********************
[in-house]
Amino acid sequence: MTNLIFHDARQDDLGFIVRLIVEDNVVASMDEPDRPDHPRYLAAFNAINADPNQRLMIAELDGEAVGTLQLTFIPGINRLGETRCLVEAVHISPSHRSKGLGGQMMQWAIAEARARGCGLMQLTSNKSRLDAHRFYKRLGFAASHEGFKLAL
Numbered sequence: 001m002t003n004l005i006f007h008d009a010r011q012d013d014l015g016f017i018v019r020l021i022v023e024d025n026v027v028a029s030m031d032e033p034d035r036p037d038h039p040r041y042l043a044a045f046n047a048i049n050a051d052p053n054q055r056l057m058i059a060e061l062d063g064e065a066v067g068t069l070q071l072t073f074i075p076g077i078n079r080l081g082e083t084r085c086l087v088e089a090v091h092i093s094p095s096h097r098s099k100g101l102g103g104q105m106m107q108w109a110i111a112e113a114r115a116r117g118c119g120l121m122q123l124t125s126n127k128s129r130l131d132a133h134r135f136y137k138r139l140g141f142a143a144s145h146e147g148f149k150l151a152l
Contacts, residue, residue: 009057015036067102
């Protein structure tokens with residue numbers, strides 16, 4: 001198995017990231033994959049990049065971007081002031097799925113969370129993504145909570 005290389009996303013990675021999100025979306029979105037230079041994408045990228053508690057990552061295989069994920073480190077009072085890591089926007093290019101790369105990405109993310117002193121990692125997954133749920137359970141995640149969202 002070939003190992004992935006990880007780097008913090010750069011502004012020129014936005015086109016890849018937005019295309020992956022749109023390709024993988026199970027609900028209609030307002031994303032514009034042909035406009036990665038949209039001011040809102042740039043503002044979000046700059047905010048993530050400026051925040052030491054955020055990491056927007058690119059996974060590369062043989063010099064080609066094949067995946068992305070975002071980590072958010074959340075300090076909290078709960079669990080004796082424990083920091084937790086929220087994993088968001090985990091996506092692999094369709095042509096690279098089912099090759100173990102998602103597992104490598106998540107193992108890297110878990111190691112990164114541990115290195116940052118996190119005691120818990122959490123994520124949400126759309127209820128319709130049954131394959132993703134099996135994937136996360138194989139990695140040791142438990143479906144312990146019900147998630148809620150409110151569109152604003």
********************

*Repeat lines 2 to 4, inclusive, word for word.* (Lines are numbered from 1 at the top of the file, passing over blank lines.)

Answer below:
Amino acid sequence: MTNLIFHDARQDDLGFIVRLIVEDNVVASMDEPDRPDHPRYLAAFNAINADPNQRLMIAELDGEAVGTLQLTFIPGINRLGETRCLVEAVHISPSHRSKGLGGQMMQWAIAEARARGCGLMQLTSNKSRLDAHRFYKRLGFAASHEGFKLAL
Numbered sequence: 001m002t003n004l005i006f007h008d009a010r011q012d013d014l015g016f017i018v019r020l021i022v023e024d025n026v027v028a029s030m031d032e033p034d035r036p037d038h039p040r041y042l043a044a045f046n047a048i049n050a051d052p053n054q055r056l057m058i059a060e061l062d063g064e065a066v067g068t069l070q071l072t073f074i075p076g077i078n079r080l081g082e083t084r085c086l087v088e089a090v091h092i093s094p095s096h097r098s099k100g101l102g103g104q105m106m107q108w109a110i111a112e113a114r115a116r117g118c119g120l121m122q123l124t125s126n127k128s129r130l131d132a133h134r135f136y137k138r139l140g141f142a143a144s145h146e147g148f149k150l151a152l
Contacts, residue, residue: 009057015036067102